Using CVP Analysis we can analyze a single product, a group
of products, or evaluate the entire business as a whole. The ability to work
across the entire product line in this way gives us a powerful tool to analyze
financial information. It provides us with daytoday techniques that are easy
to understand and easy to use. The concepts parallel the real world, so they are
easy to visualize and use. The math is very simple  no complex formulae or
techniques. Just simple formulae that can be easily modified to analyze a large
variety of situations.
Quiz Yourself
CVP Analysis is important because:
a. the teacher says so.
b. it sounds cool to say "see vee pee".
c. it is a good way to analyze the profitability of a company's
products or services.
d. I haven't a clue.
Answer
CVP Analysis is important because:
a. the teacher says so.
b. it sounds cool to say "see vee pee".
c. it is a good way to analyze the profitability of a
company's products or services.
d. I haven't a clue.
CVP Relationships
Cost  product cost, consisting of materials, labor, overhead,
etc.
Volume  number of units of product sold in a given period of
time
Profit  Selling Price minus Cost, per unit or in total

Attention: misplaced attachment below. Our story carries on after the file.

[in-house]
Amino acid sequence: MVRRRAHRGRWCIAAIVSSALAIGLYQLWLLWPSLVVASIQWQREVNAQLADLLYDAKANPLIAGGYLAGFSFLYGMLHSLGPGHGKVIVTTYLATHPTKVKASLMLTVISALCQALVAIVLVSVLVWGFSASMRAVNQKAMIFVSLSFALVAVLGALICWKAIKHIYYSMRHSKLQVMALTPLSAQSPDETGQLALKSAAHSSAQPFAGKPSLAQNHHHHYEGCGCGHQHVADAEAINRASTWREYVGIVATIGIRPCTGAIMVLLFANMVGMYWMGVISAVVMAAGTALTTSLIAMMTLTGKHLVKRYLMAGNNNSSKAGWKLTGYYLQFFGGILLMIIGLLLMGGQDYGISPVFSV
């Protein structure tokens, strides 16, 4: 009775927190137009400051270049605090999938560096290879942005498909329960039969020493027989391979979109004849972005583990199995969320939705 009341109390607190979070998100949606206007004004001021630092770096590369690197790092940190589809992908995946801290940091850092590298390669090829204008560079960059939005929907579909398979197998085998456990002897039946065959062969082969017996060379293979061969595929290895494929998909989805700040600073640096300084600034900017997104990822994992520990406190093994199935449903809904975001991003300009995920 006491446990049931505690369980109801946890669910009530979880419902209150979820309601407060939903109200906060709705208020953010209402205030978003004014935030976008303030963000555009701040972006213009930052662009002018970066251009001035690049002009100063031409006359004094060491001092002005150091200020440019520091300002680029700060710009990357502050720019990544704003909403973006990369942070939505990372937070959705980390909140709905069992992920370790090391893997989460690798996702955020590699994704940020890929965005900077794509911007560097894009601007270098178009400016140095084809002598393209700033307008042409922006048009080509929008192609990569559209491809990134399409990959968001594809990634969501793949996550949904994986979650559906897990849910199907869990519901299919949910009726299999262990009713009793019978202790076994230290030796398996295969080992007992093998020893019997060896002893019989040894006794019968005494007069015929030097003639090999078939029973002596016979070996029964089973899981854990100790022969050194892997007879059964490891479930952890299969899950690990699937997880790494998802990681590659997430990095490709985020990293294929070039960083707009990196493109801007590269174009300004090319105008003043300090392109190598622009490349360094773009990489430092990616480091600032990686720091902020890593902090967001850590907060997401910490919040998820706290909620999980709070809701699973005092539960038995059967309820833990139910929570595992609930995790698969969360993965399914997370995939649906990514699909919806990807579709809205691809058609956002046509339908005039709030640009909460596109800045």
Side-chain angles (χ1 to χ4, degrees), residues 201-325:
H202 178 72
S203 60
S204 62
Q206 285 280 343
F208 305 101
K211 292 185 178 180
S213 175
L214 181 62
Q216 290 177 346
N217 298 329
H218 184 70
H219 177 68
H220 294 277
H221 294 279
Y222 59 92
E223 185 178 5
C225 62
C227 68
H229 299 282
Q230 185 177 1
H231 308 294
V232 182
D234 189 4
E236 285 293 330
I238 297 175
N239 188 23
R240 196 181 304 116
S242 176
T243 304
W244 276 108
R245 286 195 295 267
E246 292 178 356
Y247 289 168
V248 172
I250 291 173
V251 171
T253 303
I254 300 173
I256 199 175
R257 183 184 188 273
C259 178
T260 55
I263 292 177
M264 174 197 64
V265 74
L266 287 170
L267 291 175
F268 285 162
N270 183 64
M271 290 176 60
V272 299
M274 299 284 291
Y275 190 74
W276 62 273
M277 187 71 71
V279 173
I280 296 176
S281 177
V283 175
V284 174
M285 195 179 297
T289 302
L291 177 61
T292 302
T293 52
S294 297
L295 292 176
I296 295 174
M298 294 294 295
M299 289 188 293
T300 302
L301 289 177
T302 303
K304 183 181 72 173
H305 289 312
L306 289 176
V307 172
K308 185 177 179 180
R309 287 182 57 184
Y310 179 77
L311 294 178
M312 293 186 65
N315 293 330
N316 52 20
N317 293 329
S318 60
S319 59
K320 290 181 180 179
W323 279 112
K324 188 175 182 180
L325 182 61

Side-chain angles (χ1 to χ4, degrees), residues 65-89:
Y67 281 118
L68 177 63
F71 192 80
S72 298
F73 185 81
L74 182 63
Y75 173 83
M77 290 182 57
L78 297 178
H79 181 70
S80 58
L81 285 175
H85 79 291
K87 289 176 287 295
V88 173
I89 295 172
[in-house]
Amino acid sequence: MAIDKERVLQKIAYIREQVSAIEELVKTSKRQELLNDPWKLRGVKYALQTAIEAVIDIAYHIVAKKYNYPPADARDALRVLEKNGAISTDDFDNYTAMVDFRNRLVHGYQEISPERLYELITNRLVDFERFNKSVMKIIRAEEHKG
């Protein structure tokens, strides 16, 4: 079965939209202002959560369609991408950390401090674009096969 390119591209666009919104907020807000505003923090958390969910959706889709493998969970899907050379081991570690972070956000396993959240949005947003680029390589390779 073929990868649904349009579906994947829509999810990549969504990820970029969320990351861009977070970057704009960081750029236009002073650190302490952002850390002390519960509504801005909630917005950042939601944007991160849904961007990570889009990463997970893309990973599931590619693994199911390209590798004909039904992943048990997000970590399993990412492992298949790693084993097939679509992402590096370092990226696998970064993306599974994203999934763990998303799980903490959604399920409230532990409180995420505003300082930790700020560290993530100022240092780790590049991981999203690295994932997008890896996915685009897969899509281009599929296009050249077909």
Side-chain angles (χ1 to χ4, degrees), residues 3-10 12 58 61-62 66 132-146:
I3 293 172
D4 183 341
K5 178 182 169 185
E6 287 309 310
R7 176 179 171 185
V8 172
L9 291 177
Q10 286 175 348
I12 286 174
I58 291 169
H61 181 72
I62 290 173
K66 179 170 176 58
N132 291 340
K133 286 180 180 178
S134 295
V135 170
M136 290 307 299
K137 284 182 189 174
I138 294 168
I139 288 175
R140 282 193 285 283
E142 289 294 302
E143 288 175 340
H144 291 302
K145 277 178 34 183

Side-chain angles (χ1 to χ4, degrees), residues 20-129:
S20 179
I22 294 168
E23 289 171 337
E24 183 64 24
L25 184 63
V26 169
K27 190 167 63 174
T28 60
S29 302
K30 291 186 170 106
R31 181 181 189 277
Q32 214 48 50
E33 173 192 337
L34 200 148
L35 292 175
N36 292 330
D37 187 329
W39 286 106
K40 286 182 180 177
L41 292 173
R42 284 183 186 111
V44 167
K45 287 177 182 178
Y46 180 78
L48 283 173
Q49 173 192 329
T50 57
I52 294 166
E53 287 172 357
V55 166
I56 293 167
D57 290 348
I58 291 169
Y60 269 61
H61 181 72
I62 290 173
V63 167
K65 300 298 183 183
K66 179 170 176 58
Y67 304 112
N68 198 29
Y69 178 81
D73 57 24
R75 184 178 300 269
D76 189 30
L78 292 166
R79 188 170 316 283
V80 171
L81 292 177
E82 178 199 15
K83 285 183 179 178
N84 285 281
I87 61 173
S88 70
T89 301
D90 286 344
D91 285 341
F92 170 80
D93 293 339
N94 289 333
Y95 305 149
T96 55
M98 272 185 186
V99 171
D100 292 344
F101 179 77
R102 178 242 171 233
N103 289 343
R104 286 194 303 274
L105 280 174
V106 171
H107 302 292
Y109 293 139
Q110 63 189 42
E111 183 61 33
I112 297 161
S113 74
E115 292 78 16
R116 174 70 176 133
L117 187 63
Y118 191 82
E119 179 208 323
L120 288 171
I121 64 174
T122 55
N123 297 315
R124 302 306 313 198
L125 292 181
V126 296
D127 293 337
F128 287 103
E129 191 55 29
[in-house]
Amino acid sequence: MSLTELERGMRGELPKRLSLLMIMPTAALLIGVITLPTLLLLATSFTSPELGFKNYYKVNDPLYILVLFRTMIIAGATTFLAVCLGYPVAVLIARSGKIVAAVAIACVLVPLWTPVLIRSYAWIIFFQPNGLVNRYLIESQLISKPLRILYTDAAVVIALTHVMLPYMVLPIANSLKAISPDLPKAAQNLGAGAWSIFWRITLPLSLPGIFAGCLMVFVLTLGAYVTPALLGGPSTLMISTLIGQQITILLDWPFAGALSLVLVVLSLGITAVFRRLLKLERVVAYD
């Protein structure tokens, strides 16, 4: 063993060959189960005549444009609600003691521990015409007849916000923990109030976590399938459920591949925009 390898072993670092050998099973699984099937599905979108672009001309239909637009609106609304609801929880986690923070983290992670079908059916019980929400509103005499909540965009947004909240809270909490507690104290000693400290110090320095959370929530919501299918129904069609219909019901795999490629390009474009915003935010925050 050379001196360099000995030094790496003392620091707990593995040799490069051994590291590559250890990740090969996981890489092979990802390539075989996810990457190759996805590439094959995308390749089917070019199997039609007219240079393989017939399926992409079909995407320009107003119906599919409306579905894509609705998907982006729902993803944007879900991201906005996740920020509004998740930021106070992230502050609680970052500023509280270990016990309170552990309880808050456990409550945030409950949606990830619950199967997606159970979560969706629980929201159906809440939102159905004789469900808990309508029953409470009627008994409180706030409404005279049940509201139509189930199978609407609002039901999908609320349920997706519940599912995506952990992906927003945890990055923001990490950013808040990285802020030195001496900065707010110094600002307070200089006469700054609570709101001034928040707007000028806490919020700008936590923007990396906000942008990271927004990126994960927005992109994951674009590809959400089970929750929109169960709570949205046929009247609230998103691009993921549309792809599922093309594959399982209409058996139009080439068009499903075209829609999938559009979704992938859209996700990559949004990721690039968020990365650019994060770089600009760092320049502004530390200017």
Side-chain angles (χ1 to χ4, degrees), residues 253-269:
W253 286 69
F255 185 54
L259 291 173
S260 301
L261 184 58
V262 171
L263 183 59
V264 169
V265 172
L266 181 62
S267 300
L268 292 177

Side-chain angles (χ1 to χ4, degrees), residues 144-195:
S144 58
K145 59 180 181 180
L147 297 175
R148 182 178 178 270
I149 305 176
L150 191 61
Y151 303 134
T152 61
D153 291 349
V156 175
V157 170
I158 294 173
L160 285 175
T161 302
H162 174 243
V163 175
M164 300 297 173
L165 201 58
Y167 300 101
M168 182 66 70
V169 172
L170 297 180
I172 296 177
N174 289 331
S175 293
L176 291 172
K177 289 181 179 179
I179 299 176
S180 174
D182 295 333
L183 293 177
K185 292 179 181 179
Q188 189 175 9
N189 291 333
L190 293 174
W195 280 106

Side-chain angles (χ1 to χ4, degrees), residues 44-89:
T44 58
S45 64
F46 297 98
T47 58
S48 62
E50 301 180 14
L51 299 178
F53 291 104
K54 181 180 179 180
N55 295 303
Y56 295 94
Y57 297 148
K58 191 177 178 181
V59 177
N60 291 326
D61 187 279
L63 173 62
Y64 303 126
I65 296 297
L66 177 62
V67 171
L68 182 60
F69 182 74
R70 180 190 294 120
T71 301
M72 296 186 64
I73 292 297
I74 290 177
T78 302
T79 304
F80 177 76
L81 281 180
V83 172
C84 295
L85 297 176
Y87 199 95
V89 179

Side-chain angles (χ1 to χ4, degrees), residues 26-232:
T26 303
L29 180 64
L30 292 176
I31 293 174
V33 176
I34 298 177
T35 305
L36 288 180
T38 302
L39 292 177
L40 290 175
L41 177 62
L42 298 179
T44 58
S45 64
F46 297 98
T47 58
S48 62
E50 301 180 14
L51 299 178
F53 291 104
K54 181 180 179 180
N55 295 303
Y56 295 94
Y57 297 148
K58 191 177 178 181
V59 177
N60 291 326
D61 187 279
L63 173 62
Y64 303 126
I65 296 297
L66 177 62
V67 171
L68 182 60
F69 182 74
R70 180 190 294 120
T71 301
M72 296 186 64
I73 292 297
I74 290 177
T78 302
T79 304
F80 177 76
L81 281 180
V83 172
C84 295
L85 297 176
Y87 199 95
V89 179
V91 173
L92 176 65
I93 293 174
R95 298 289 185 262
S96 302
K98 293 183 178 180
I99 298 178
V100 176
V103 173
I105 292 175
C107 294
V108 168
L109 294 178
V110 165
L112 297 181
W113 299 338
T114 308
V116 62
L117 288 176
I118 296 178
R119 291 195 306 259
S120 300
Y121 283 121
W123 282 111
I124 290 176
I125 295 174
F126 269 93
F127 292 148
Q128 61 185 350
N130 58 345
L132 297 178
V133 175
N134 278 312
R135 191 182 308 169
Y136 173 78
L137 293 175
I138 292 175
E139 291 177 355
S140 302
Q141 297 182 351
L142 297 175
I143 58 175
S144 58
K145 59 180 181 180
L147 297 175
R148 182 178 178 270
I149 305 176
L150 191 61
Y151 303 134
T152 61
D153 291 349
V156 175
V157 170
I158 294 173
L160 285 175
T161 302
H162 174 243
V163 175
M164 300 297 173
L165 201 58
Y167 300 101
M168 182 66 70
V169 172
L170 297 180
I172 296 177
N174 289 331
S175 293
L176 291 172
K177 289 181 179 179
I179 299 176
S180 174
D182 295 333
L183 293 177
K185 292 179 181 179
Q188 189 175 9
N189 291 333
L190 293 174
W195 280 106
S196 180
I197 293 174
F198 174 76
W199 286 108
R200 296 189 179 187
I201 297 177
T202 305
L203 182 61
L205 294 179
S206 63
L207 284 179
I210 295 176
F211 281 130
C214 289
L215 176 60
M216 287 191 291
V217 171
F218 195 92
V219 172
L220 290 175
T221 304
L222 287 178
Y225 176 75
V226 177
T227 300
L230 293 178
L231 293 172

The greater the volume, the greater the TOTAL profit.
Approaches to product costs
Full Costing is used in financial accounting. The full
cost of a product includes materials, labor and manufacturing overhead. Not
included: Selling and administrative costs.
Variable Costing is used in managerial accounting.
Costs are classified as either Variable or Fixed, depending on their Cost
Behavior.
Cost Behavior
Costs are classified according to how they behave, in relation
to units of production.
CAUTION: Cost behavior can be viewed in terms of
total costs or unit costs. Both approaches will be used, but they are
not interchangeable.
Fixed Costs
Total Fixed Costs  stay essentially the same month to
month, regardless of the number of units produced.
Unit Fixed Costs  goes down as production goes up
Variable Costs
Total Variable Costs  go up and down in direct
proportion to units produced.
Unit Variable Costs  stay the same regardless of how
many units are produced.
Accounting information is captured once by the accounting
system. In Accounting I you learned how to analyze transactions, record journal